A second village was approached. To get to it, they had to go over a small bridge. The front of the village was lined with bushes and shrubbery. I Company moved up to the bridge. They started to go across it when one of the bushes in front of the village moved and a machine gun began firing from a trench under the leaves.
The Marines and mortars dropped into the village. They called for an air strike. Armed helicopters lumbered in. Swept-wing jets dove at the village after the helicopters moved away. When the air strike stopped, all the bushes began to move and there was firing both ways and then black shirts were climbing out of the trenches under the bushes and running back through the village. I Company came after them. They came across the bridge and into the village and Captain Webb was talking with two corporals, a radio man and a runner, and they were going along one of the trenches with the bushes over it when the booby trap exploded. It killed the three of them. I Company now knew what war is.
“He’s not dead,” another officer kept telling them. “They’re taking him out by helicopter. He’s all right.” The officer didn’t want the men to know that their commander had been killed in the first half-hour of the first action of their lives.
Now they were out into this sand with the bushes and the fire was coming at them. Not concentrated fire. But a shot here, a shot here, a machine gun from somewhere else, and all of it coming from holes and bunkers as they came through this sand, with the bushes tearing at their hands. Every few minutes, Michaels, who was carrying the radio, would hear something on it and he’d call over to those around him.
“Smith got hit. He’s dead.”
“Smith,” the one near him would say. He’d turn to somebody else. “Smith got killed.” It would go down the line.
They moved over three Viet Cong bodies killed by their machine guns. A helicopter was downed in one of the rice paddies in front of them. A line of tanks and armored carriers was going in to get out the helicopter pilots. I Company was to go with them. There was a line of eight armored vehicles. The tanks went first. The first tank pitched through the sand and into the mud of the paddy and nothing happened to it.
The Viet Cong fired at the second vehicle. It was an armored carrier, and they tried to get it with a .57-millimeter recoilless rifle. The shot missed. The I Company Marines in the carrier were climbing out to fight. The second shot from the .57 hit and covered the carrier with black smoke and the bodies fell out of the black smoke and into the mud.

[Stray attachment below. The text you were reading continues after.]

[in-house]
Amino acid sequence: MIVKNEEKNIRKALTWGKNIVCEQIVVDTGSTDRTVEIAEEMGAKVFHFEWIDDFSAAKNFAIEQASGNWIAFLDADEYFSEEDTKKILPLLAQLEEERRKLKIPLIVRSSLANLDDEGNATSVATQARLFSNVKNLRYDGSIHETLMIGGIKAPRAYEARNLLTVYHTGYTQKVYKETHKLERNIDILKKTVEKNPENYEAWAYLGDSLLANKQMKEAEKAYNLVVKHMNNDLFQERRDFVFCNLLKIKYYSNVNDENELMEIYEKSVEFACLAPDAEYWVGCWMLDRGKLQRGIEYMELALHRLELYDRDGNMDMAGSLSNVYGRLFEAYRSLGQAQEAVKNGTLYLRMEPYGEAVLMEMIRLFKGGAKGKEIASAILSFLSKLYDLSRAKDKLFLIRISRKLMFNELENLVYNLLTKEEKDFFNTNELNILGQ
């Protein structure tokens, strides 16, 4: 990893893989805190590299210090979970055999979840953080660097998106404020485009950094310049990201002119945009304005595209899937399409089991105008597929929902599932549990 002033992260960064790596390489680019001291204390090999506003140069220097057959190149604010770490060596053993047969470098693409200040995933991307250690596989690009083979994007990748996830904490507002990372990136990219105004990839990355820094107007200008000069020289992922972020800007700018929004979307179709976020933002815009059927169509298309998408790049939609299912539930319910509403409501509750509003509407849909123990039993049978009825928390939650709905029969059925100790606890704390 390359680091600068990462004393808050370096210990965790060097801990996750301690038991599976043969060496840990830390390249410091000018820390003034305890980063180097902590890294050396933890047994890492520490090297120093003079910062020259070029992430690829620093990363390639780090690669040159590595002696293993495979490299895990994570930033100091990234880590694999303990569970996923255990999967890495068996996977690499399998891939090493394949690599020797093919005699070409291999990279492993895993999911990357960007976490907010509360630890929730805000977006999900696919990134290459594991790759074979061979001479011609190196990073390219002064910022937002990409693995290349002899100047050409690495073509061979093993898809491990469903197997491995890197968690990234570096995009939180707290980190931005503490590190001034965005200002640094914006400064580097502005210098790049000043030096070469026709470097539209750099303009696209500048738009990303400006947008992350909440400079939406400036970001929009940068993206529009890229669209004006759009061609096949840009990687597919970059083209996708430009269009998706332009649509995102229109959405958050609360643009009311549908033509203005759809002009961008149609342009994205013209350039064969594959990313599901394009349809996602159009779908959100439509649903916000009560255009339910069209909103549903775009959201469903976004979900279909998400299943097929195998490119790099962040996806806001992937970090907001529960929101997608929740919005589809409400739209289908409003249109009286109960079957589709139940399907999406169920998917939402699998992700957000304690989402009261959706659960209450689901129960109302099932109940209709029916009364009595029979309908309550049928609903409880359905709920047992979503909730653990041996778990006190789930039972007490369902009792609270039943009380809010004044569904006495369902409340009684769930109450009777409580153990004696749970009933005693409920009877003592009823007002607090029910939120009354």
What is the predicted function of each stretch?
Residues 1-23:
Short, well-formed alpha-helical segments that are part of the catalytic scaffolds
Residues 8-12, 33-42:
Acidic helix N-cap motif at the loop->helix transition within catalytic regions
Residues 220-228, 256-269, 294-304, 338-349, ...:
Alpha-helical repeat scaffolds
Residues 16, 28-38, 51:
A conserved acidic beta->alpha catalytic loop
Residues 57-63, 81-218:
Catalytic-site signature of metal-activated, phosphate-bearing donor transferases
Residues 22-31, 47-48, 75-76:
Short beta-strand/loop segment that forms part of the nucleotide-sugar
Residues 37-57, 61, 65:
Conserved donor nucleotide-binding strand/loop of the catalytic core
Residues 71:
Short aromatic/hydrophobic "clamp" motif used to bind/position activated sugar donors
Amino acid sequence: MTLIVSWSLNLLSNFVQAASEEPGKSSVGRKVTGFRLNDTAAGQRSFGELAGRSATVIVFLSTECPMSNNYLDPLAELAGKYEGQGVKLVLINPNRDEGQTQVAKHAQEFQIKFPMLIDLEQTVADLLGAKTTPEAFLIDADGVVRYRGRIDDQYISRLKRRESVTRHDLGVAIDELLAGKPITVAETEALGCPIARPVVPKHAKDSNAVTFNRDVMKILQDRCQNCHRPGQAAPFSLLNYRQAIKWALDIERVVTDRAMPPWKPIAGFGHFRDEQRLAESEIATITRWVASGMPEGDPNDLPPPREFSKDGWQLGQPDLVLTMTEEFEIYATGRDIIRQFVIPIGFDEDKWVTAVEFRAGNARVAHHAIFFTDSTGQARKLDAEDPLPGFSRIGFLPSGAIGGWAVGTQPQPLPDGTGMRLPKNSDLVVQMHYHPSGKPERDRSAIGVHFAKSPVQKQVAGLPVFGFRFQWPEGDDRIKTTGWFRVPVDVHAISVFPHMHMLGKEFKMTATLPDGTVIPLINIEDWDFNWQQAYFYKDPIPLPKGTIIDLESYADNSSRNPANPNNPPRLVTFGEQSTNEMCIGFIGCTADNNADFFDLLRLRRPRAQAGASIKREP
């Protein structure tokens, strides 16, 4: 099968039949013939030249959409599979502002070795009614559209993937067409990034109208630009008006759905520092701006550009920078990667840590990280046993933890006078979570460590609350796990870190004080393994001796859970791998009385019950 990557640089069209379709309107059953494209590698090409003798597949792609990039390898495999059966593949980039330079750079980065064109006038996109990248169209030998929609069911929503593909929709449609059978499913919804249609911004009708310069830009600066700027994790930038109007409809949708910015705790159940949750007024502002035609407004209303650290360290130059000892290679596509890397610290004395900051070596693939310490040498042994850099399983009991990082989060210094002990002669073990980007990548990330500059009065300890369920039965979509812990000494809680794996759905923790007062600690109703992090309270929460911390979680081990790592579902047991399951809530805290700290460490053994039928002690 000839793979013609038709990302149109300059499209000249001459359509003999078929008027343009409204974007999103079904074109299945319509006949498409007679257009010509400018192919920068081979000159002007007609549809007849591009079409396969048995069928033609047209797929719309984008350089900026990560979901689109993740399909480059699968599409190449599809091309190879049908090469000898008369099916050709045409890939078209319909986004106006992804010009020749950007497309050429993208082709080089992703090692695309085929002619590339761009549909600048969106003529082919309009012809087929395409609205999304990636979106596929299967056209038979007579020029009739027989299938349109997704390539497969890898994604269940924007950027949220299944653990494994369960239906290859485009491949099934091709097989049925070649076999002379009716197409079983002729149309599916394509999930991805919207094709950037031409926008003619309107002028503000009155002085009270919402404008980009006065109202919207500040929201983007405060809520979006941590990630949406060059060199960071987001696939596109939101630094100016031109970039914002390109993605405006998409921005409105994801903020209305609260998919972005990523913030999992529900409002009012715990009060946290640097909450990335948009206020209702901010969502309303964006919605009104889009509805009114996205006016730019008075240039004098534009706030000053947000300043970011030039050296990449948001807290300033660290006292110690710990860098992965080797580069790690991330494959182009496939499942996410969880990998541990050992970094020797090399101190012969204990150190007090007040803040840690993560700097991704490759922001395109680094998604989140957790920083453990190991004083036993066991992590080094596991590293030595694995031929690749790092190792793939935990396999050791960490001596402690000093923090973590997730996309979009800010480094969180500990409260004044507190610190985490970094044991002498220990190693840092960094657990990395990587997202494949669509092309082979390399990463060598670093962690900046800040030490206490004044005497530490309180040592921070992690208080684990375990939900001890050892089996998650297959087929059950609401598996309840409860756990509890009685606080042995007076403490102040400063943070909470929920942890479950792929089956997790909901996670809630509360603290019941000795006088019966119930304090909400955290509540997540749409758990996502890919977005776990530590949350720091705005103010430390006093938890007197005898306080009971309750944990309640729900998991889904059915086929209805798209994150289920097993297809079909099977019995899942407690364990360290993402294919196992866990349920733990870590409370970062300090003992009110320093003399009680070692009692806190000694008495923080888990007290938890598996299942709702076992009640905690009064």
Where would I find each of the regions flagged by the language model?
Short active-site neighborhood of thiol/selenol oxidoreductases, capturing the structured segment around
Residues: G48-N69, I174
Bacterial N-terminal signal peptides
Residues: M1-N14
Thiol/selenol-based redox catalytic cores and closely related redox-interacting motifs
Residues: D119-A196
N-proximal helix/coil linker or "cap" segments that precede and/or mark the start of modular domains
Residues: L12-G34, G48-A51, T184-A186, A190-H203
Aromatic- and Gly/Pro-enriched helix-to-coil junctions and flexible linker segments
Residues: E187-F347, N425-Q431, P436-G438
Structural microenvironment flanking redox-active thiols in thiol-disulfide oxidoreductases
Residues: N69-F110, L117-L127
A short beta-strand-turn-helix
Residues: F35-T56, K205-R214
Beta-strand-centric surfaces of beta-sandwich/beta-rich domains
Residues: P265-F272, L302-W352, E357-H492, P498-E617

The water ran out at noon. Fire was too heavy for helicopters to land with supplies. The Marines of I Company went through the sand with the sun glaring at them and the shots trying to kill them and they were licking their lips and trying to forget about water while they fought. These should be stories from a book about 1944. They are about 1965.
In the afternoon, a young boy popped up in front of them. He had crawled out of a hole which had an opening so small you could walk by it and not notice it. He pointed down into the hole. The boy started running. A small hand came out of the hole. Then a black shirtsleeve. Then a rifle. The Viet Cong pulled himself out and started running. The I Company machine-gunners caught him in the middle and his body fell in two parts.
I Company dug in for the night. There was firing all night and all morning and Michaels, the radioman, kept calling out to the ones near him the names of buddies who were killed.
Friday, their faces orange from the sand, their lips encrusted with it, their eyes bloodshot, Terry Hunter, Daniel Kendall, and George Kendlers sat in a foxhole with their rifles and a 3.5 rocket-launcher and they were in with another outfit because I Company was not in the battle any more. I Company had been blown apart. The others who were left had been taken back to the beach.
“It’s still the best company in the Marines,” Kendlers said in the foxhole. “We just had bad luck. Up on the hill, when the captain got killed, I wanted to go right in. When they started shooting at me later, I felt good. I didn’t want to be the only one who didn’t get shot at.”
“We’re all real good buddies,” Kendall said.
“We always went to the Pike together. Back in Long Beach. I Company always was together.”
“The Pike? Is that a gin mill?”
“Gin mill? No. It’s an amusement park. It’s got rides,” Hunter said.
“Dancing,” Kendall said. “You know, an amusement park.”
Somewhere close, artillery was going off. Jets screamed in the sun overhead. They sat with their chins down so the sand wouldn’t blow into their eyes. They talked about an amusement park in Long Beach where young kids go. Then Kendall’s eyes came up and he saw a guy walking toward them from another hole.
“What are you, soft?” he yelled. “You’ll get shot right through the ass doing that.” The other two looked up.
They all looked the same. Three kids in a foxhole with faces that are very old.